April 6, 2017

Richardson ramps up veterinary experience

Becca Richardson had previously visited Fossil Rim Wildlife Center and knew she was interested in a veterinary preceptorship at the facility, but it proved to be even more beneficial than she had envisioned.
After earning her bachelor’s degree in animal science from Angelo State, Richardson headed to Texas A&M and is set to earn her doctorate in veterinary medicine in May. A native of Andrews, Texas, Richardson recalled her past visit to Fossil Rim.

For Becca Richardson, a recent veterinary preceptee at Fossil Rim Wildlife Center, one of the most memorable aspects of her time at the facility was the opportunity to bottle feed this white rhino calf. As of March 20 when this photo was taken, the calf was drinking 9.5 liters of formula four times per day.

“I came on a trip with some of my classmates from our local wildlife disease student chapter, because one of the girls had done an externship here before and knew (the veterinarians),” she said. “We drove through the park, got to see the vet clinic and learned about the (preceptee) program. That was my first time to visit, but I’d heard a lot about it from my friend beforehand and knew what to expect.”
Richardson was a vet preceptee at Fossil Rim from Feb. 6 to March 24.
“I didn’t realize we’d get to work with the carnivores as much as we did – including several cheetahs and a wolf,” she said. “I was expecting it to be more geared toward hoofstock, because of what I’d seen on my earlier visit, but I absolutely loved it.”
As Becca McLachlan (center), hoofstock animal care specialist, secures a sedated wildebeest, veterinary technician Brenda Cordova (left) and veterinary preceptee Becca Richardson perform a routine health exam.

When it came to memorable moments, Richardson referenced an animal that Fossil Rim followers are becoming more familiar with.
“Bottle feeding the (white) rhino calf will be a memory that never gets old,” Richardson said. “Who gets to do that? I was also there the first time he was introduced to another rhino, which was really neat.
“A lot of the (animal) capture stuff was really cool, specifically the days we spent capturing wildebeest. (Associate Veterinarian Dr.) Julie (Swenson) was darting them from a tree, since they were getting wise to the truck.”
Richardson also pointed out an animal she helped overcome adversity.
“The scimitar (horned oryx) bull was definitely my favorite animal,” she said. “He got pretty sick, but we were able to help him recover and feel well again. We worked with him every day.”
Becca Richardson gets set to perform a neonate exam on this Kordofan aoudad calf.

Like many preceptees, Richardson enjoyed working alongside Swenson and Dr. Holly Haefele, director of animal health, on a day-to-day basis.
“They are just so incredibly knowledgeable,” she said. “Just sitting and talking with them for a day – you learn so much. They talk about past experiences and what they’ve done; it’s so valuable. People at school don’t tell you how to work on a rhino.
“Holly and Julie treated me like a colleague and genuinely asked for my opinion, which I really appreciated.”
The day before her time at Fossil Rim ended, Richardson gave a presentation to staff, interns and volunteers about leptospirosis.
“It’s a widespread zoonotic pathogen, so both humans and animals can get it,” she said. “It can affect both our wildlife species and domestic pets. I talked about how it is contracted, the source, plus how people can protect themselves and their animals.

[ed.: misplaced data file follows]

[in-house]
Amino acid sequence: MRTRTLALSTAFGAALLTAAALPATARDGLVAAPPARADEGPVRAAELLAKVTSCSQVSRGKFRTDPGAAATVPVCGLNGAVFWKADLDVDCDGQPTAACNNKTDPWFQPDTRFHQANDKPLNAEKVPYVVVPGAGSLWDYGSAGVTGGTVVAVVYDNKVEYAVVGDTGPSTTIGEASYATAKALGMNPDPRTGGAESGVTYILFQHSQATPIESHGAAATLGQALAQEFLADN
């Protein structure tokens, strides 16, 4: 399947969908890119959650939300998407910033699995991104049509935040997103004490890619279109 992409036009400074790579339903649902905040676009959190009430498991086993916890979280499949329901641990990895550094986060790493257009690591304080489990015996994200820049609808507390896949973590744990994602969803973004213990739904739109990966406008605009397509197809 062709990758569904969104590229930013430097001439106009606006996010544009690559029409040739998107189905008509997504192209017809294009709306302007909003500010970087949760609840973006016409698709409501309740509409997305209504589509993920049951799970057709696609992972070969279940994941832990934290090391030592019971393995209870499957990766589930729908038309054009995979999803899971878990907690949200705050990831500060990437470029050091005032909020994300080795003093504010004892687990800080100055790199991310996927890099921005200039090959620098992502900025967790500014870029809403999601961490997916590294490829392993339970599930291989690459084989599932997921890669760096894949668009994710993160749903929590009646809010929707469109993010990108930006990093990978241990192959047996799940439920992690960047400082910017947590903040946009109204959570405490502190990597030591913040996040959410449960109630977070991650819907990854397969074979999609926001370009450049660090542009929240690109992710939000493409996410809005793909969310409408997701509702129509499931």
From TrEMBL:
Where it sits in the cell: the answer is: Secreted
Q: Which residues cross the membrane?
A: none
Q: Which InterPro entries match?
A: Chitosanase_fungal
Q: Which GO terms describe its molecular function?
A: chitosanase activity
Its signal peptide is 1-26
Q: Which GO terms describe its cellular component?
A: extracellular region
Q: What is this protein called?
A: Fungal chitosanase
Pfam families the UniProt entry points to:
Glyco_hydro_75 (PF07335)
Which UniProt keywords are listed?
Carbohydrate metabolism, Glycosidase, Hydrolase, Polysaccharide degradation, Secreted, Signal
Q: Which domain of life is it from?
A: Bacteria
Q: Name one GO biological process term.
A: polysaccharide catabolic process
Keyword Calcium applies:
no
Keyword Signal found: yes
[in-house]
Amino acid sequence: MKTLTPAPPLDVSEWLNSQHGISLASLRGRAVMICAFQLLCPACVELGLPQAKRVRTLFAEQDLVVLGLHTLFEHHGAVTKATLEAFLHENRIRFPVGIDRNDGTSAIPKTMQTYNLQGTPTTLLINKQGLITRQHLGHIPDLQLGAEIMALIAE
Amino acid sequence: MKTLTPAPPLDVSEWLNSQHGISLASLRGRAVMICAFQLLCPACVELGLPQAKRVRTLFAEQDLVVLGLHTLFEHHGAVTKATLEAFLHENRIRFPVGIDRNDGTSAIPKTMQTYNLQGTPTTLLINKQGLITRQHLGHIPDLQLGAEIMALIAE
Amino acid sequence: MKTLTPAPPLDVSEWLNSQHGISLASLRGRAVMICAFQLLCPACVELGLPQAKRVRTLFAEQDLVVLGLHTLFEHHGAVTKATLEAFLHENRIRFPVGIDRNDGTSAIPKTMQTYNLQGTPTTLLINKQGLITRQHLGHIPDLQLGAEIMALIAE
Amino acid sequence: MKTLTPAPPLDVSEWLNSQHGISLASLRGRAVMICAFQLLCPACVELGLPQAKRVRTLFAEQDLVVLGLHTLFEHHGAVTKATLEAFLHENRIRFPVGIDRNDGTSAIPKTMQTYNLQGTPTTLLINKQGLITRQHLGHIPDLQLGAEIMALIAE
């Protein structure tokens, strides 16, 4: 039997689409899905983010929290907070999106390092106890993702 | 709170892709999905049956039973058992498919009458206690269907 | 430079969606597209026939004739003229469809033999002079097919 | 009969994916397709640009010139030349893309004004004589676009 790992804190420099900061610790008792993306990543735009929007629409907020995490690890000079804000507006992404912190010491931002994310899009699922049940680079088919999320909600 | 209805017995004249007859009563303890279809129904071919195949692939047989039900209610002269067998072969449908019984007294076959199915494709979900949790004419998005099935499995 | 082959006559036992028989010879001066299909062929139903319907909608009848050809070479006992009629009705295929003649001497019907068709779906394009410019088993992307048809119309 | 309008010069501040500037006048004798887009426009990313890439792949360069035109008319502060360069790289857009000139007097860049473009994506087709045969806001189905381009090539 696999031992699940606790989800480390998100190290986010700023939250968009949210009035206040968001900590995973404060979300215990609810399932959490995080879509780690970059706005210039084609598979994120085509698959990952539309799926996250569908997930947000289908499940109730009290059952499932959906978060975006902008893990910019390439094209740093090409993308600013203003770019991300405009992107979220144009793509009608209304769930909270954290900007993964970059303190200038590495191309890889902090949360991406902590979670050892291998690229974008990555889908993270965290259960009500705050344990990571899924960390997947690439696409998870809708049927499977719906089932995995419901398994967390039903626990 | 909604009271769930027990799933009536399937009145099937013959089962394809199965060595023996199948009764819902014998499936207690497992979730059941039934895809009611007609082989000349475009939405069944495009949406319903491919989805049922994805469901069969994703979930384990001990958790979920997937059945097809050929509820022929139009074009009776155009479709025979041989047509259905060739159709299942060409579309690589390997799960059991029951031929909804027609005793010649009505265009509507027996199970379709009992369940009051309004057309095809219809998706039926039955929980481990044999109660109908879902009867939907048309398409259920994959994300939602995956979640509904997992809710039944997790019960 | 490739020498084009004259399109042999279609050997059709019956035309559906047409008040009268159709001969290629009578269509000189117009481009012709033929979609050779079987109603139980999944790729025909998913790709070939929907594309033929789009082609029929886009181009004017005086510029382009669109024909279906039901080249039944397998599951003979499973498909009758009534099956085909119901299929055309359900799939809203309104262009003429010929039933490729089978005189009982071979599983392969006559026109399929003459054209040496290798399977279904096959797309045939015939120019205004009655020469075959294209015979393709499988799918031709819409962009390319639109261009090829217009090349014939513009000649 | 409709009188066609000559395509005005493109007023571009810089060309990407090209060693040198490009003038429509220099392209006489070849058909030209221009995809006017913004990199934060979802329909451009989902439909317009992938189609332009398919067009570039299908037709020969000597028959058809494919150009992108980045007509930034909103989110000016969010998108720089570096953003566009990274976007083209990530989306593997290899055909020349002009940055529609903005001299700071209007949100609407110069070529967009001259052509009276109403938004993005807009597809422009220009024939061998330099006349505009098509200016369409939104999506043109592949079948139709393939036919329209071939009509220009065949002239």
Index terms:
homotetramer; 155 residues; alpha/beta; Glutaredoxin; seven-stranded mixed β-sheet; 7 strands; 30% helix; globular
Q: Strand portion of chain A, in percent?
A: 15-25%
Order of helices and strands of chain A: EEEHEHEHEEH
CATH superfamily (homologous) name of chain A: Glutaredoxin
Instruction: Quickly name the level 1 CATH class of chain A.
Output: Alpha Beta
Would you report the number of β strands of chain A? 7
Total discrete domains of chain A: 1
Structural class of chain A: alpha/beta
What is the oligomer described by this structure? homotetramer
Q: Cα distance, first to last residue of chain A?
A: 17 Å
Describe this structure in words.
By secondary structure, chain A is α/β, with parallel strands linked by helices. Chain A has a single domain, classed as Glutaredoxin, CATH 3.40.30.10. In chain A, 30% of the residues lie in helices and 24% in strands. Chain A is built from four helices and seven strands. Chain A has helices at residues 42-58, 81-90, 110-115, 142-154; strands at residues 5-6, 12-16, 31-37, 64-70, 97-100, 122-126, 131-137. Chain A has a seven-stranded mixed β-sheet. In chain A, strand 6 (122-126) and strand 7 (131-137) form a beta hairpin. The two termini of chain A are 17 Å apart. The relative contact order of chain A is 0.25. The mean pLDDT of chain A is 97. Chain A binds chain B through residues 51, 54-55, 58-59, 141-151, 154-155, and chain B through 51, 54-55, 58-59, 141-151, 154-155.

“It can be fatal, but there are vaccines for domestic animals. Nearly every Fossil Rim species except felines are susceptible.”
Since she arrived at Fossil Rim, Richardson’s professional career path is definitely more defined.
“After Fossil Rim, I return to school and graduate; then I have a job in Bandera, Texas at a mixed animal practice,” she said. “While I was at Fossil Rim, I traveled down there for an interview and got the job. It was reassuring to get my plans set.
“Instead of focusing on my job search, I could concentrate on everything that was happening here. I will be an associate veterinarian working with all sorts of domestic animals, but since this will be in the Hill Country in the middle of so many game ranches, there is the potential for exotic species work.
“I didn’t know if I’d be able to find a job working with exotics, but I knew before I got here that I was interested in that. It’s the big reason why I came to Fossil Rim.”
Becca Richardson weighs a scimitar-horned oryx calf during a neonate exam.

Speaking of associate veterinarians, Richardson will always remember the investment Swenson made in her.
“The whole time I was here, Julie really taught me how to approach things I’d never seen before,” Richardson said. “If there’s a species you’ve never worked on before, how do you go about using what you do know and extrapolate that into a solution? That will be incredibly useful, and I’m thankful Julie put so much time into helping me.”
Whether prospective preceptees or general first-time visitors are considering a trip to Fossil Rim, it is a slam-dunk decision, as far as Richardson is concerned.
“Where else are you going to get this kind of experience?” she said. “I was really a part of what we did here.
“If people will come take a tour through Fossil Rim, it’s a memorable experience. You see animals native to Africa up close as they approach the vehicle. I think it’s important for people to realize where the money they spend at Fossil Rim is going.
“They do a lot of research and breeding of endangered animals. This place isn’t just a drive-thru safari.”
-Tye Chandler, Marketing Associate


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